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Coaches have their say on the AFL's best - position by position

MELBOURNE, AUSTRALIA - JULY 19: Nick Riewoldt of the Saints (L) competes for the ball against Alex Rance of the Tigers during the 2015 AFL round 16 match between the St Kilda Saints and the Richmond Tigers at Etihad Stadium, Melbourne, Australia on July 19, 2015. (Photo by Michael Dodge/AFL Media)
The coaches have named Alex Rance (r) as the AFL's best defender

RICHMOND defender Alex Rance has been recognised for his outstanding season with a stamp of approval from the AFL's senior coaches, who have overwhelmingly voted him the game's best defender.

After earning All Australian selection in 2014, Rance has elevated his game to a new level this season and been recognised by the coaches in an exclusive survey for AFL.com.au and the AFL Record

With nine votes, he was one of only two players to earn multiple votes, ahead of Harry Taylor (two), with Jeremy McGovern and Easton Wood among the players to earn one vote each.

There were standout players in every category, with North Melbourne ruckman Todd Goldstein (nine votes), Fremantle midfielder Nat Fyfe (nine) and West Coast forward Josh Kennedy (10) recognised as the best in their position. 

Fyfe overtook Gold Coast captain Gary Ablett (three votes), with Collingwood star Scott Pendlebury earning two votes.

In the ruck, West Coast's Nic Naitanui (two) and Docker Aaron Sandilands (three) earned multiple votes. 

Kennedy got the nod ahead of Hawthorn's Jarryd Roughead (four votes) and Sydney Swans star Lance Franklin (two).

When asked what types of players the coaches thought were the most valuable, they were split on inside midfielders and goalkicking forwards (both 31.25 per cent).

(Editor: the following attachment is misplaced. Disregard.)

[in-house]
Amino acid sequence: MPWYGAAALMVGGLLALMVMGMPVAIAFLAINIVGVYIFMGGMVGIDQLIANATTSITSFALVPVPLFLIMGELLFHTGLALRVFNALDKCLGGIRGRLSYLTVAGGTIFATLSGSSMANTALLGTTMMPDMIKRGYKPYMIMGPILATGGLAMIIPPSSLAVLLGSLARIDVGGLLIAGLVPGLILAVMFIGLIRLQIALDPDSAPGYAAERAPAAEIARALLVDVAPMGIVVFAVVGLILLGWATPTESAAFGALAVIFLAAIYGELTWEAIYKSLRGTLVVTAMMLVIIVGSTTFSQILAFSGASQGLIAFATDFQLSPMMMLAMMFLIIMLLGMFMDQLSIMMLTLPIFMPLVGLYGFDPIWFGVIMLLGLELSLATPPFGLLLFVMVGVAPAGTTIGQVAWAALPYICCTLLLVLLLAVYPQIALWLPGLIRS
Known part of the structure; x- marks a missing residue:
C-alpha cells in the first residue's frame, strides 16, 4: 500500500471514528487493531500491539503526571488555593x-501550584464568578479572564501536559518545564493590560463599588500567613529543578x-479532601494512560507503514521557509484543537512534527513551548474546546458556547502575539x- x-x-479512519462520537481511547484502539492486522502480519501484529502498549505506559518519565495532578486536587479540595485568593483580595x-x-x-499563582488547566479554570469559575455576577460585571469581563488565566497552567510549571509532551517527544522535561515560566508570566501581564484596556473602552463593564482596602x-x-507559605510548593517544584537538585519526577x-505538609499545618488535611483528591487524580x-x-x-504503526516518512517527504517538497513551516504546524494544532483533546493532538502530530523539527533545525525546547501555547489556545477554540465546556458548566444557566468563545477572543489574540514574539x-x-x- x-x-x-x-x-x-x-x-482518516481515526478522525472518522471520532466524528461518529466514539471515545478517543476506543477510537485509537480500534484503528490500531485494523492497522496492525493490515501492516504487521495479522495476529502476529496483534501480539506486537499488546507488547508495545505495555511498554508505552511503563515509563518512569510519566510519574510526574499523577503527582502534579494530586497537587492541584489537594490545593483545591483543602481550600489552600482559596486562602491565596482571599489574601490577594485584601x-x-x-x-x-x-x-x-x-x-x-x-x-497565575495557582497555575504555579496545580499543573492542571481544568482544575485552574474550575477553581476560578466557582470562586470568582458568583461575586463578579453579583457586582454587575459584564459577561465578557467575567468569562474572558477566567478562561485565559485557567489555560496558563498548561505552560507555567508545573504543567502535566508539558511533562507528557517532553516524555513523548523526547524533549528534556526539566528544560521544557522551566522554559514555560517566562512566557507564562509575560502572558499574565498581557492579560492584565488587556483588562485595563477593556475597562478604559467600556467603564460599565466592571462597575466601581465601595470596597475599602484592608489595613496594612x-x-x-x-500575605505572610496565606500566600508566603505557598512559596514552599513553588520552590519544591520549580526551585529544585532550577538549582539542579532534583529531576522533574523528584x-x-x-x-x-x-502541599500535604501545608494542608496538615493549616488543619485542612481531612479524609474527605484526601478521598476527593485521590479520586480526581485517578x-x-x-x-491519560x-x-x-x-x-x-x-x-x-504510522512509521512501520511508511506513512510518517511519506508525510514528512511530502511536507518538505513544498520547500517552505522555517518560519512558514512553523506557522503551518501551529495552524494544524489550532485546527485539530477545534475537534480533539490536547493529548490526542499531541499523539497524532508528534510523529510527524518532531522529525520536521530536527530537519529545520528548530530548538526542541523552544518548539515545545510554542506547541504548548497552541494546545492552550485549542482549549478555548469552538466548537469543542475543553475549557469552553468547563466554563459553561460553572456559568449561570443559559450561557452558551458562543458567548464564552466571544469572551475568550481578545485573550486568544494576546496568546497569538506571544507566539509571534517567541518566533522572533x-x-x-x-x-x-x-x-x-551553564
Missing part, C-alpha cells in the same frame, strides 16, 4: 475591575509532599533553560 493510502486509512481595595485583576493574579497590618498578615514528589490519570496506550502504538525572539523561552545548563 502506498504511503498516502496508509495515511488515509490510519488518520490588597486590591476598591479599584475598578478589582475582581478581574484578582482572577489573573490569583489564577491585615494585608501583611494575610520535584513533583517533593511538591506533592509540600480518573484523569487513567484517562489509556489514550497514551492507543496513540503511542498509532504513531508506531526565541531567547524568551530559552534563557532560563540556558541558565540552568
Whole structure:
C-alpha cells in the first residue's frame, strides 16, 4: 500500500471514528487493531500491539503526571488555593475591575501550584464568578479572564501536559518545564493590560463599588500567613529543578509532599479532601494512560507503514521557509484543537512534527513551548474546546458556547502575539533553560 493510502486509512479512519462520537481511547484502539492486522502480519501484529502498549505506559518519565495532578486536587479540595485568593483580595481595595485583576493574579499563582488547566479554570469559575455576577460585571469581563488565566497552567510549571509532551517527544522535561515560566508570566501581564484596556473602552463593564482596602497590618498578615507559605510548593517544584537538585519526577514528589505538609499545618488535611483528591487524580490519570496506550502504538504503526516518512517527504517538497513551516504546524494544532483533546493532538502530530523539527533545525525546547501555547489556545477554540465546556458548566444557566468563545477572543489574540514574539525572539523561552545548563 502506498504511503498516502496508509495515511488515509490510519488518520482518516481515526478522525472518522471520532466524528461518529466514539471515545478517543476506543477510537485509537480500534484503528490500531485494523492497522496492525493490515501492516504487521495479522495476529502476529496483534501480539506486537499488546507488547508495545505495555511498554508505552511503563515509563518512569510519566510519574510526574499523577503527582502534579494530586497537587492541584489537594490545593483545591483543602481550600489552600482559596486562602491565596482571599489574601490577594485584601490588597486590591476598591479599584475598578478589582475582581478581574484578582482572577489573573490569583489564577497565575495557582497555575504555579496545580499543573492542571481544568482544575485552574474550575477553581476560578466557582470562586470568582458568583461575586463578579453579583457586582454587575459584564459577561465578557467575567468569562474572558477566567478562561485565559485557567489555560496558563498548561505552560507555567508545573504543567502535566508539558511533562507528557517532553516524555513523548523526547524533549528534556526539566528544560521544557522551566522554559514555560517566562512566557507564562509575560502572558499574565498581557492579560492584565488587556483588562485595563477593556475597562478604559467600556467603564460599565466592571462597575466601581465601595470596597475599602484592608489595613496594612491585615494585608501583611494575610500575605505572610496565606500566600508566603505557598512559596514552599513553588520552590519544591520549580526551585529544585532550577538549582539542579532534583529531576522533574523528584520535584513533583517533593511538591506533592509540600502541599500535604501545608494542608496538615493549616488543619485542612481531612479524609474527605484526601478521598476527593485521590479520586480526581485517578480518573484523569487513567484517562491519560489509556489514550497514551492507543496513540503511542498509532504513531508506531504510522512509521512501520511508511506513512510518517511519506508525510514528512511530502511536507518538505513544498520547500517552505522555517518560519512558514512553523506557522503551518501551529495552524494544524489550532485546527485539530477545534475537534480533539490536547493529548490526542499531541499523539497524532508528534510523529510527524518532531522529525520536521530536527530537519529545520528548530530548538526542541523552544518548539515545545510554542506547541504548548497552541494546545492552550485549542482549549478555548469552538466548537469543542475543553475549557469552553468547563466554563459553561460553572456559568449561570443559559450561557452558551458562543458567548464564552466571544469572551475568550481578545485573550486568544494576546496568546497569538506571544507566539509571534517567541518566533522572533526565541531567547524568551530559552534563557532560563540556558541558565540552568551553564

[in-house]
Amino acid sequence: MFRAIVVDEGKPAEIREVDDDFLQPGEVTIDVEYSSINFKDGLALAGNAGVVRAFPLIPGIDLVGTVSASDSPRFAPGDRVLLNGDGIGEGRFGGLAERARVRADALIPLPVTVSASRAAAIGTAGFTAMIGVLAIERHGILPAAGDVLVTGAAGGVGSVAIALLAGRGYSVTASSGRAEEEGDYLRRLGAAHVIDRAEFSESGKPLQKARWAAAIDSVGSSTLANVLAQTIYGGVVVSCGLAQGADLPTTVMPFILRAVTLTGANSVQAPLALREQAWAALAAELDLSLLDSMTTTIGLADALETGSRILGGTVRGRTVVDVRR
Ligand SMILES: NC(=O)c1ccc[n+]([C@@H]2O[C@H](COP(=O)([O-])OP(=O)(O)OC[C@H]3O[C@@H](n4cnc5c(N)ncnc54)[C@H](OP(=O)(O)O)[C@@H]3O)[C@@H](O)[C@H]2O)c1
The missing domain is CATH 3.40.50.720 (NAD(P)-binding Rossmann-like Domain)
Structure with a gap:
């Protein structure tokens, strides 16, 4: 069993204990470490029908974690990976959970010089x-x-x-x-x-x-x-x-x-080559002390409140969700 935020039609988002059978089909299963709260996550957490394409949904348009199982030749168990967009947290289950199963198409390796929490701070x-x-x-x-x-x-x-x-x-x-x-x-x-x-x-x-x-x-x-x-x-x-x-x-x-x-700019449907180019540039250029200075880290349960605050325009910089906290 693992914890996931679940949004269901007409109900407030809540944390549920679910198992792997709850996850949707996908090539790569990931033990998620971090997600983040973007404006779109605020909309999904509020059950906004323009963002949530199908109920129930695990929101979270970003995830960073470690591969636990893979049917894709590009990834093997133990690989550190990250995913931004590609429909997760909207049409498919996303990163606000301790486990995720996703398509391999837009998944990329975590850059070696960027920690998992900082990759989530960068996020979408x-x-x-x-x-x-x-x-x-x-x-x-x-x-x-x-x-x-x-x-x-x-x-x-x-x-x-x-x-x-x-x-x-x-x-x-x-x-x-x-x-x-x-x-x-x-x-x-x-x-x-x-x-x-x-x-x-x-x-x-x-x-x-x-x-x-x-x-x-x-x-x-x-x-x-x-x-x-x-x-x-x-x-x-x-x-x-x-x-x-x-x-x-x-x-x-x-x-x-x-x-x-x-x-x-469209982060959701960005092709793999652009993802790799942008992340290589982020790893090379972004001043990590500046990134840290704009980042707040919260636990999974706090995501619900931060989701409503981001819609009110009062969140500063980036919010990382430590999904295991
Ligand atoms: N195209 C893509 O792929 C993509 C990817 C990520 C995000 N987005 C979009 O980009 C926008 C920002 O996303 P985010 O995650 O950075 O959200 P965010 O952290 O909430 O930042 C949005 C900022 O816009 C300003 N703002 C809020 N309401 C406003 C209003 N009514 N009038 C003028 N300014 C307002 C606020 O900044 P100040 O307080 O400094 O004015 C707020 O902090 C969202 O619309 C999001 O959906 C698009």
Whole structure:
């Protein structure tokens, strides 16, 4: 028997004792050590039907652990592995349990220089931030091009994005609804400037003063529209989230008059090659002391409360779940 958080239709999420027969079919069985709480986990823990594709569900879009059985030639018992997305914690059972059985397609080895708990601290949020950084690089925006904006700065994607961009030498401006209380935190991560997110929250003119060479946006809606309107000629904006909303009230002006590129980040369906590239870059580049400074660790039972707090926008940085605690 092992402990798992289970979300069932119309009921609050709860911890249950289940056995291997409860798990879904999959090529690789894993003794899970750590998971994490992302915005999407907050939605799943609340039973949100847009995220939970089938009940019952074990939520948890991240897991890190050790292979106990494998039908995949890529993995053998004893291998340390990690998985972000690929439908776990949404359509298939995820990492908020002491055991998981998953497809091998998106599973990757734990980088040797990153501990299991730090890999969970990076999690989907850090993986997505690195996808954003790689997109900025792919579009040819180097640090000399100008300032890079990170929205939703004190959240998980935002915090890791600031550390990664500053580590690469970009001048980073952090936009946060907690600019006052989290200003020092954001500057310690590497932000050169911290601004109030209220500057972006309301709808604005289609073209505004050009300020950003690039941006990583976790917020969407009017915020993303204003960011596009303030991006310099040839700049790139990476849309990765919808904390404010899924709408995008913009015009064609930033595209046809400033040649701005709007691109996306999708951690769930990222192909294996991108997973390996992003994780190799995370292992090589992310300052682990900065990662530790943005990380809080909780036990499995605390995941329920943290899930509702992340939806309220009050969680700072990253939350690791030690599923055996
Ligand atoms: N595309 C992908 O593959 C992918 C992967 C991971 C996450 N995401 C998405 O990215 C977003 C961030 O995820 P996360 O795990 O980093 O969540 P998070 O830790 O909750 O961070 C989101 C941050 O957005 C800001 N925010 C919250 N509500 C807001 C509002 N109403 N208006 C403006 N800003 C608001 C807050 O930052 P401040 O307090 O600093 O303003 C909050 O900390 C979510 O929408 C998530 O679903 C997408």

Key defenders and outside midfielders attracted only six per cent of the vote each. 

The skills that needed improving most were goalkicking (43.75 per cent) and field kicking (37.5 per cent), while no coaches were concerned about marking, applying pressure and spoiling. 

When asked if they were happy with players kicking on the outside of their preferred foot, rather than using their opposite foot, the majority of coaches said players should enter the system with skills on both feet.

The majority (56.25 per cent) believed the draft age should be higher, with only one coach believing it should be lower. The rest were happy with the status quo. 

Coaches were split on the scrutiny and demands facing new draftees, with 56.25 per cent believing players fresh to the game were under too much pressure.

They were almost unanimous on free agency, believing it was not evening up the competition (81.25 per cent) and yet to extend careers (87.5 per cent).

They still believed compensation was necessary when a club lost a free agent (81.25 per cent).

The biggest threat to player welfare, the coaches said, was gambling (43.75 per cent), with idle time (25 per cent), lack of direction (18.75 per cent) and recreational drugs (12.5 per cent) the other concerns.

The survey was conducted in conjunction with the AFL Coaches’ Association. Not all coaches answered every question. The full survey results will be published in the round 20 edition of the AFL Record, which is available at all grounds.